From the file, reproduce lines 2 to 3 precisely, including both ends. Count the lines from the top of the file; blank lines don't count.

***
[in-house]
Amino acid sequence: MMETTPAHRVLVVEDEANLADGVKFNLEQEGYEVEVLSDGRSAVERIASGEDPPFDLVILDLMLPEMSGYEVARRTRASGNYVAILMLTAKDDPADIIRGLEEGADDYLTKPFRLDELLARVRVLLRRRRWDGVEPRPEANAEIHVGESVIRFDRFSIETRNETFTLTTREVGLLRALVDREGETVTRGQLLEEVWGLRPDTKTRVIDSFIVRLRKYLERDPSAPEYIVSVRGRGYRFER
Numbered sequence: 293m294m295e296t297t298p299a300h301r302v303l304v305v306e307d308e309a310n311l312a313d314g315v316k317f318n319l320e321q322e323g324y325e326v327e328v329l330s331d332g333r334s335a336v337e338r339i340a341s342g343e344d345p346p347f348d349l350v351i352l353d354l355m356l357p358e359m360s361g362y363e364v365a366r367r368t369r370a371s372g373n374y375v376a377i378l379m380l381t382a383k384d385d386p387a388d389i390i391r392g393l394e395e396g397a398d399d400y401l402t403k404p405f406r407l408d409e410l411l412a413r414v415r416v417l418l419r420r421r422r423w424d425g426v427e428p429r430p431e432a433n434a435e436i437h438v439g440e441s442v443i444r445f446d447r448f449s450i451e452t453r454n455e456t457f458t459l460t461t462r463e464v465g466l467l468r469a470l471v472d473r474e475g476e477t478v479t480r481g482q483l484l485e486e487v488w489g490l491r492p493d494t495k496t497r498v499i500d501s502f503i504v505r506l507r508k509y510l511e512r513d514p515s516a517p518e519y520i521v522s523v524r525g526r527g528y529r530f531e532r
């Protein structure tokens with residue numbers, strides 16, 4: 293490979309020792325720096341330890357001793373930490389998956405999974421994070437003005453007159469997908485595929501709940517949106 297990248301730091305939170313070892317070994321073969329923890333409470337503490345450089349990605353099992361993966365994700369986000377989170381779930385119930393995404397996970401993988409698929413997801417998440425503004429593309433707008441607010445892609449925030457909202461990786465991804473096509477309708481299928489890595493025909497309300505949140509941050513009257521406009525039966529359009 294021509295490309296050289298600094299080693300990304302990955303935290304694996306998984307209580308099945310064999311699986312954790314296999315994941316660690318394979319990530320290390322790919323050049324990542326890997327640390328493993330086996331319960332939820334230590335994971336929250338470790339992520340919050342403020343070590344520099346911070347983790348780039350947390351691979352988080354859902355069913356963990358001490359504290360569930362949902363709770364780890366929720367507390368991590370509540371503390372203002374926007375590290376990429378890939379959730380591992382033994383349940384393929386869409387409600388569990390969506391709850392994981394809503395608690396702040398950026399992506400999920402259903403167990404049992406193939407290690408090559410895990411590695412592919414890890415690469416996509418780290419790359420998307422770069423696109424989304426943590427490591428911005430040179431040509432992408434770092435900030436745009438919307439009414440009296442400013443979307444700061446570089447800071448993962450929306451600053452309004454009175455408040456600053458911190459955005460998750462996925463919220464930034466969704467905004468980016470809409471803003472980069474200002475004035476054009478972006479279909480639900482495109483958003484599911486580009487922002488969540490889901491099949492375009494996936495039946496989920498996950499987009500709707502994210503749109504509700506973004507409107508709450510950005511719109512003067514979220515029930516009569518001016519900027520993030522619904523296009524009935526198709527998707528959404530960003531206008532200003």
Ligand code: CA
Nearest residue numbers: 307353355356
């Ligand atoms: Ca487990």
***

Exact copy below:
Amino acid sequence: MMETTPAHRVLVVEDEANLADGVKFNLEQEGYEVEVLSDGRSAVERIASGEDPPFDLVILDLMLPEMSGYEVARRTRASGNYVAILMLTAKDDPADIIRGLEEGADDYLTKPFRLDELLARVRVLLRRRRWDGVEPRPEANAEIHVGESVIRFDRFSIETRNETFTLTTREVGLLRALVDREGETVTRGQLLEEVWGLRPDTKTRVIDSFIVRLRKYLERDPSAPEYIVSVRGRGYRFER
Numbered sequence: 293m294m295e296t297t298p299a300h301r302v303l304v305v306e307d308e309a310n311l312a313d314g315v316k317f318n319l320e321q322e323g324y325e326v327e328v329l330s331d332g333r334s335a336v337e338r339i340a341s342g343e344d345p346p347f348d349l350v351i352l353d354l355m356l357p358e359m360s361g362y363e364v365a366r367r368t369r370a371s372g373n374y375v376a377i378l379m380l381t382a383k384d385d386p387a388d389i390i391r392g393l394e395e396g397a398d399d400y401l402t403k404p405f406r407l408d409e410l411l412a413r414v415r416v417l418l419r420r421r422r423w424d425g426v427e428p429r430p431e432a433n434a435e436i437h438v439g440e441s442v443i444r445f446d447r448f449s450i451e452t453r454n455e456t457f458t459l460t461t462r463e464v465g466l467l468r469a470l471v472d473r474e475g476e477t478v479t480r481g482q483l484l485e486e487v488w489g490l491r492p493d494t495k496t497r498v499i500d501s502f503i504v505r506l507r508k509y510l511e512r513d514p515s516a517p518e519y520i521v522s523v524r525g526r527g528y529r530f531e532r